In order to set a stage for what follows, let's first revisit some of the fundamentals involved in how valve timing relates to power output. And to further clarify how "power" is defined in the context of this story, let's simply say horsepower is a mathematical function of torque which, in essence, is closely related to volumetric efficiency. Increase volumetric efficiency at any point in an engine's rpm span, and at least the potential for a torque gain will result.

Relative to how valve timing plays into volumetric efficiency, let's further say the designed ability of a camshaft to "time" intake and exhaust valve events (particularly as they relate to piston/crankshaft position) is key to achieving proper volumetric efficiencies. For example, when a given piston is at or near maximum downward speed during an inlet cycle, you'd like for intake valve event to support a high level of volumetric efficiency. And, in a similar fashion, other piston motion patterns should be accompanied by valve action that helps optimize cylinder evacuation during the exhaust cycle.

Historically and largely because camshafts are characterized by a "fixed" design, we've only been able to advance or retard their installed orientation to an engine's crankshaft. We were limited to the amount of "variability" achievable, relative to where in the rpm range valve timing plays into volumetric efficiency. Simply stated, we "advance" cams to enhance lower rpm torque output and "retard" them (both in relationship to the crankshaft or piston position) for higher rpm output. Ideally, at least from one perspective and outside the realm of a fully-computerized valve train with true valve timing variability, it is plausible to provide some means for advancing and retarding the camshaft during engine operation.

By the employment of "cam phasers," it's possible to find a middle ground between either advancing or retarding a cam. What this means is that while advancing and retarding a given camshaft won't necessarily boost (or even shift) peak torque values, it's now possible to increase torque below and above this point. In essence, the overall torque curve becomes "flatter" (or wider) over a broader range of engine speed. (See graphical illustrations of torque curves with and without phased camshafts on the next page.)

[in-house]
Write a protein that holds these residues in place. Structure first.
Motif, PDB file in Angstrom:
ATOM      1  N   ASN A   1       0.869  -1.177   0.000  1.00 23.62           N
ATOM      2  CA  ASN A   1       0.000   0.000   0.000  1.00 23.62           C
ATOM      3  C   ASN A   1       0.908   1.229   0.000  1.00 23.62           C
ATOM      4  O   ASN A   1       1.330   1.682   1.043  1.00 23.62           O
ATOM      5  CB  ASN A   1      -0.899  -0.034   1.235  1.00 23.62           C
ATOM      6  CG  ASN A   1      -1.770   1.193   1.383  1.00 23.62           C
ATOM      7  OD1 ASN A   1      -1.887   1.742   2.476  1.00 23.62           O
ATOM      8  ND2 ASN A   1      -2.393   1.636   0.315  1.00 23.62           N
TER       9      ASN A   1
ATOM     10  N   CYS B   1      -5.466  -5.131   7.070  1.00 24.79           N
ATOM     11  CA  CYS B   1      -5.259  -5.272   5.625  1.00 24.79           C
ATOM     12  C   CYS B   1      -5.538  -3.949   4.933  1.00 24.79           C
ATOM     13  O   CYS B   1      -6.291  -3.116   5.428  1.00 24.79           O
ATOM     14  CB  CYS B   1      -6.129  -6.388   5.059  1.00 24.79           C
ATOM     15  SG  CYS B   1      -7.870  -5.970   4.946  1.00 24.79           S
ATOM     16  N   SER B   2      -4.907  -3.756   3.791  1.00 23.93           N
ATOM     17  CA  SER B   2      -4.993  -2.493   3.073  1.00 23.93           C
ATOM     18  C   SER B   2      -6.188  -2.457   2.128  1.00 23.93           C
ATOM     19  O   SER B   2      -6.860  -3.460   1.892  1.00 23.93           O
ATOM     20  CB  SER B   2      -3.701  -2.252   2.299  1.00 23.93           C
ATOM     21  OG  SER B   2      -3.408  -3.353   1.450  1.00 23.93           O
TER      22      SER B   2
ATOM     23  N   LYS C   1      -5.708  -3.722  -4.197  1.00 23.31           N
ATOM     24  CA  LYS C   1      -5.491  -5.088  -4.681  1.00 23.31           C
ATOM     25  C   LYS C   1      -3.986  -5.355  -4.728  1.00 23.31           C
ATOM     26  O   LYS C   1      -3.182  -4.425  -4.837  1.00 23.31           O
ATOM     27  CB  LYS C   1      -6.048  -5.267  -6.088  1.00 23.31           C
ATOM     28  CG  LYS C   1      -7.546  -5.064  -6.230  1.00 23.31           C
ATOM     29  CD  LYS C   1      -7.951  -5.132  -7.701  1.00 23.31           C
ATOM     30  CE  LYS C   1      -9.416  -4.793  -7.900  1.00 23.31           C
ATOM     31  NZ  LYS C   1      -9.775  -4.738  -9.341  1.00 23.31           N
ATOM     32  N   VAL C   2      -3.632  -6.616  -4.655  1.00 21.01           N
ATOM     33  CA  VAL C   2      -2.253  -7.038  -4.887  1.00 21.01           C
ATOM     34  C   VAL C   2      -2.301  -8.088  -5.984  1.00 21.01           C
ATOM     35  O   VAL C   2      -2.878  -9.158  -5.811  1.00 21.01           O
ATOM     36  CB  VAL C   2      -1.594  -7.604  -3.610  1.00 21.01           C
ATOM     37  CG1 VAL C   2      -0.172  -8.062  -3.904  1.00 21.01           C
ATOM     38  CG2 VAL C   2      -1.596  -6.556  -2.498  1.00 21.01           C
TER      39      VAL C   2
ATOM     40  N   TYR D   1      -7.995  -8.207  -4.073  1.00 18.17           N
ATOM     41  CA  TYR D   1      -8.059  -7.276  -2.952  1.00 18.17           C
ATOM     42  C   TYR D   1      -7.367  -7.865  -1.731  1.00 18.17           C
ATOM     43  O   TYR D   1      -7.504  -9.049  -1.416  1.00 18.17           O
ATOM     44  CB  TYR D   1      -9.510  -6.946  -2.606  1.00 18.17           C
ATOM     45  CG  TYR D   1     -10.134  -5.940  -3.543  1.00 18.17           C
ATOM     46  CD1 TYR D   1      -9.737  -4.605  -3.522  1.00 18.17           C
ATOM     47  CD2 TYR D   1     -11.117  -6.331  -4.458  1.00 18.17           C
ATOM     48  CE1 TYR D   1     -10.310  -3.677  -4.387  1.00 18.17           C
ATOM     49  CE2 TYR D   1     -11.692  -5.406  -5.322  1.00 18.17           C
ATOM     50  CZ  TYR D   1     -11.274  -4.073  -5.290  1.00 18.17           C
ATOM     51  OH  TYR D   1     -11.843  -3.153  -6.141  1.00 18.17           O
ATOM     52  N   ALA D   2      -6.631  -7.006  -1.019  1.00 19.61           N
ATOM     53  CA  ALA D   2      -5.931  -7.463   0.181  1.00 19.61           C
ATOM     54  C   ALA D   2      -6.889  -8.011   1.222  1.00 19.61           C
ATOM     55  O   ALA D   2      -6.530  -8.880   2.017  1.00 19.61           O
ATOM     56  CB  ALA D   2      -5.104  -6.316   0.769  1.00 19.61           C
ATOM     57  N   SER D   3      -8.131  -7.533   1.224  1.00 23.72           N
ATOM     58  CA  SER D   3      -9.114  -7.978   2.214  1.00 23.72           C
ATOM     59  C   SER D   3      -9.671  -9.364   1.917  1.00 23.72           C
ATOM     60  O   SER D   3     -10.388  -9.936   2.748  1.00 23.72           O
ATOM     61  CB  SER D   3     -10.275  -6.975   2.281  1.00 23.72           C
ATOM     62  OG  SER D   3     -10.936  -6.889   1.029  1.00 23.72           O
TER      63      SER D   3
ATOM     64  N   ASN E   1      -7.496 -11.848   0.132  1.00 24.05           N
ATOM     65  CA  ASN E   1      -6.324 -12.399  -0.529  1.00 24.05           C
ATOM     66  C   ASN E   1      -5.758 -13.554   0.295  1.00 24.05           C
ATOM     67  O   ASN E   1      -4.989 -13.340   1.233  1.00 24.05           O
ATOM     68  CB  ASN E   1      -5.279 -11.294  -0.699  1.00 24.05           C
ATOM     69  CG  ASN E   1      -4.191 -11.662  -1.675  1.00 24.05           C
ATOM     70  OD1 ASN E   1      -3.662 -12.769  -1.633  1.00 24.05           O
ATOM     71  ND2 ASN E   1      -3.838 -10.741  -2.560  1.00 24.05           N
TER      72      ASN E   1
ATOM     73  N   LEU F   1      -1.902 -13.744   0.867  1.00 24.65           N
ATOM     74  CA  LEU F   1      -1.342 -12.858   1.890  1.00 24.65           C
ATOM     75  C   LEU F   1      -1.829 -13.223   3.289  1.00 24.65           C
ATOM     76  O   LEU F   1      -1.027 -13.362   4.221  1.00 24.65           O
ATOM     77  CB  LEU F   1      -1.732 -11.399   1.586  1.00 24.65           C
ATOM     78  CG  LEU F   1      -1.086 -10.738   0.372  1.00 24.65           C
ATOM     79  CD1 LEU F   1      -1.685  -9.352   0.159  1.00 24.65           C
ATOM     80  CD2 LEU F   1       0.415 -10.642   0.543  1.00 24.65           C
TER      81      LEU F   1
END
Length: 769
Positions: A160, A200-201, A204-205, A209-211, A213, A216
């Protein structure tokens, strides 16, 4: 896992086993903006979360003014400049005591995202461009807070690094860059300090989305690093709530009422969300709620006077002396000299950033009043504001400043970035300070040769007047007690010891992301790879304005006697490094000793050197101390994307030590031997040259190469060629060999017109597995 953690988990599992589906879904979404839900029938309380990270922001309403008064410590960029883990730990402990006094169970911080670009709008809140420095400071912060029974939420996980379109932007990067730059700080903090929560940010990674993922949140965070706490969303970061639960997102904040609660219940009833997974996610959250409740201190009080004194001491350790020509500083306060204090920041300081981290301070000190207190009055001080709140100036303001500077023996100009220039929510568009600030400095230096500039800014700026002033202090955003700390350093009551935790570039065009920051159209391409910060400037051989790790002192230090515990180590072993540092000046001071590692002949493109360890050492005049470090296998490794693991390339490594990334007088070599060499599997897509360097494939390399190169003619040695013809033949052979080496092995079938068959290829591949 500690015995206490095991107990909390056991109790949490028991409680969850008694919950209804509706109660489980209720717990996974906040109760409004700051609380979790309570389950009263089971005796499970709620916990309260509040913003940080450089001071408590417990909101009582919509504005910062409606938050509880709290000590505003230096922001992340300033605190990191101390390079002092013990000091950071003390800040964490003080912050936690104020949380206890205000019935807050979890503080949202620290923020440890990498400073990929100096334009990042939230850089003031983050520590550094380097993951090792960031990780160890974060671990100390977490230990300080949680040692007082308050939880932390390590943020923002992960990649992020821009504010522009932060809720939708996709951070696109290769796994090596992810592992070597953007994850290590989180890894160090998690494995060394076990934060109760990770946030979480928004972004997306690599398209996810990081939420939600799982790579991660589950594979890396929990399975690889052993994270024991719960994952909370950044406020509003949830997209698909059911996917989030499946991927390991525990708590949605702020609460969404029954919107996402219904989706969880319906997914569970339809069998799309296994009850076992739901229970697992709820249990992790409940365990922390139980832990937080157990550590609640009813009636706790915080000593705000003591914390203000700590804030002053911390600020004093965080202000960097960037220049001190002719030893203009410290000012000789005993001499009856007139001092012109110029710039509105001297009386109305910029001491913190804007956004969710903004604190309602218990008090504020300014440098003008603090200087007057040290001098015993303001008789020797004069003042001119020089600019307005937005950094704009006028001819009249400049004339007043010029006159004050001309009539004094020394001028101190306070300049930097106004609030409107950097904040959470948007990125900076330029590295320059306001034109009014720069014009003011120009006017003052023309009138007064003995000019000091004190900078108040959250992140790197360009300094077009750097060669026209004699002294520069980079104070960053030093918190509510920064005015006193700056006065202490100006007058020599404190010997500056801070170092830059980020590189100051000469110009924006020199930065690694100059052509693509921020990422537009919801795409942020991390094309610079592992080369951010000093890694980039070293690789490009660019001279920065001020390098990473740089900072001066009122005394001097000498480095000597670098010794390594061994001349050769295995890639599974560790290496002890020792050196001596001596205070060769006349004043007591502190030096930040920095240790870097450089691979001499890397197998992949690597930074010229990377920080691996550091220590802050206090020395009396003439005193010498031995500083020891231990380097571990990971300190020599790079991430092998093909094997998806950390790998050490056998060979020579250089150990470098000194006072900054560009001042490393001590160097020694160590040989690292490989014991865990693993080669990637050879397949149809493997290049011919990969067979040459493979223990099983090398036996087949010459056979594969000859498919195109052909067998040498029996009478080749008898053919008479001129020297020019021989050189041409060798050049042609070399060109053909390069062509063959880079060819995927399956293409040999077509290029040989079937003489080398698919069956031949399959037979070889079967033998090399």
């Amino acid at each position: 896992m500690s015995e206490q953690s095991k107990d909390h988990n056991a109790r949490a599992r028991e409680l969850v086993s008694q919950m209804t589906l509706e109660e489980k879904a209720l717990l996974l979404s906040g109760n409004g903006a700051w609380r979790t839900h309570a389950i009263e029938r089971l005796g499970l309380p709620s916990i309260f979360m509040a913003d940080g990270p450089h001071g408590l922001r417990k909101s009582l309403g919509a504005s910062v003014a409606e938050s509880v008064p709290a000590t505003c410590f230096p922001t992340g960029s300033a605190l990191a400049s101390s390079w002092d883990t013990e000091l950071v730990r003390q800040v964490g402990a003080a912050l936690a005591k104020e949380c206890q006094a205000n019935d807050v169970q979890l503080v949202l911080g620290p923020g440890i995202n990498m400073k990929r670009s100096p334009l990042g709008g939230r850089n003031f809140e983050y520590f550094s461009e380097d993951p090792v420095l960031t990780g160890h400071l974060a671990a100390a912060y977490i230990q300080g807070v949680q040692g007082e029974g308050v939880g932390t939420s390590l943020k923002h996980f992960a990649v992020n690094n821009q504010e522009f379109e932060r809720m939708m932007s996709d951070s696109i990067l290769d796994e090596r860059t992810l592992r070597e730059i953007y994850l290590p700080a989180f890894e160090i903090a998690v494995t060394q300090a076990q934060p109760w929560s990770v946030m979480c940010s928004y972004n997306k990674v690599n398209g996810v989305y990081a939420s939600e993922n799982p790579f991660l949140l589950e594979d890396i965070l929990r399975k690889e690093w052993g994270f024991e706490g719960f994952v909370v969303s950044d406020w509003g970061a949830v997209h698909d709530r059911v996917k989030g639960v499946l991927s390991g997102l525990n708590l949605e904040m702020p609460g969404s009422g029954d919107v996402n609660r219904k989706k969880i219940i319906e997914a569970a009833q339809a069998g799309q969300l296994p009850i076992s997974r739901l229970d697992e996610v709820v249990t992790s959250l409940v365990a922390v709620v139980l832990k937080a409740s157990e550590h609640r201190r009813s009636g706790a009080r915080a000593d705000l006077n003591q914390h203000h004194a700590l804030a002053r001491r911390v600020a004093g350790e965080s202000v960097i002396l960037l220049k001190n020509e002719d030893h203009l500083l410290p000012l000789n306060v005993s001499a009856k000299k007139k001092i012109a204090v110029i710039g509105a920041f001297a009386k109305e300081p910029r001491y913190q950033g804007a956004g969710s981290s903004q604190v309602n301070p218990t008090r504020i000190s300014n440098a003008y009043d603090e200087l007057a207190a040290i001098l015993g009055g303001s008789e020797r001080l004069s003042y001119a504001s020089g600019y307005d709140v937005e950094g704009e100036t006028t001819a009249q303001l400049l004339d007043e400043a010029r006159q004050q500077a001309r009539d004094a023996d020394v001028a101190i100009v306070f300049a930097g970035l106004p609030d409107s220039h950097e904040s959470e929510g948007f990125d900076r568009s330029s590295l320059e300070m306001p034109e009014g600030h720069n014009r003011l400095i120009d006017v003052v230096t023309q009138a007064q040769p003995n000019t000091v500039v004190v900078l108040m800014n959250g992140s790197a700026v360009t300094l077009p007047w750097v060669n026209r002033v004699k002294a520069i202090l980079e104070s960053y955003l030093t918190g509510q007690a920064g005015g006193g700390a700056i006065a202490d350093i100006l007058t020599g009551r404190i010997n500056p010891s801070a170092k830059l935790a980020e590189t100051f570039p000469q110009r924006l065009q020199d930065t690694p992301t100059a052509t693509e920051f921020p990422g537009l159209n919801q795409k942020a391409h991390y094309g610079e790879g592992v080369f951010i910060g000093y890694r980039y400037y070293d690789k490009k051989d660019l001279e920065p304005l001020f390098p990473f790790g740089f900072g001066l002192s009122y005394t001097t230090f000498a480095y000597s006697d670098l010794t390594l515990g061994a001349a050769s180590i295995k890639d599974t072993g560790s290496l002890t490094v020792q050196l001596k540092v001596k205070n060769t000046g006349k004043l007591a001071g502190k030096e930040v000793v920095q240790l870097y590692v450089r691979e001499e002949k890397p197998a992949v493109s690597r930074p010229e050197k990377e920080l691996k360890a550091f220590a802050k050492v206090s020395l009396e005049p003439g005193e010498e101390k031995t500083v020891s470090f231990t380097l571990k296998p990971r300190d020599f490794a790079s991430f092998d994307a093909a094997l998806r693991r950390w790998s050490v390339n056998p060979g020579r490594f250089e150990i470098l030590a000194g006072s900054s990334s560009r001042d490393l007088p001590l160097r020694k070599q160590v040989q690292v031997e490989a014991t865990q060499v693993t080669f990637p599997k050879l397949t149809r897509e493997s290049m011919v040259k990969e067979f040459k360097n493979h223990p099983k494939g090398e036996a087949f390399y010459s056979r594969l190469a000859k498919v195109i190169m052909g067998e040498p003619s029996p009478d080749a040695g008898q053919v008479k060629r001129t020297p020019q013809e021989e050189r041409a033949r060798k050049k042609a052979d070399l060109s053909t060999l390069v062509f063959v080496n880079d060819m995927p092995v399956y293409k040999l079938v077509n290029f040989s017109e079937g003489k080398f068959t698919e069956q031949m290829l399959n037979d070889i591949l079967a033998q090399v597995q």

Actually, as an outgrowth of Ford's introduction of computer-controlled cam gears on its '05 modular, Three-Valve engines for Mustangs, Comp has used this technology platform for further improvements. Ford's approach allows the cams in these engines to include a range from 20-60 degrees retard during part-throttle operation, thereby reducing friction horsepower and enhancing fuel economy. Based on the use of their computer-controlled camshaft phasers and regardless of engine speed, this approach enables camshaft positioning for optimal power throughout the rpm range. The net result is an extended power range.

Using a specific routing of engine oil through cylinder heads and camshafts, the on-board computer regulates a pair of solenoids which, in turn, control the phasing of the camshafts. The span of control can be as much as 60 degrees of camshaft retard. As you would expect, the extent and precision to when the cams undergo a phase change is a function of the software written into this portion of the onboard computer. Stated another way, there appears be a way to provide valve timing (camshaft design) that takes further advantage of this technology, enabling a window for exploring this concept in other engines and applications.

As produced by Ford, their "stock" phasers provide such a wide range of camshaft retard (up to 60 degrees, as stated), there are limitations based on the amount of available piston-to-valve clearance. As a result, there are corresponding limits that are placed on what can be done with non-stock camshafts, certainly in the areas of net valve lift and valve overlap periods. Also keep in mind that Ford is faced with certain compromises, including exhaust emissions and Federal fuel economy mandates, which further restrict the extent to which they can focus on power output. Such is not the case when you apply this technology to engines in a racing environment.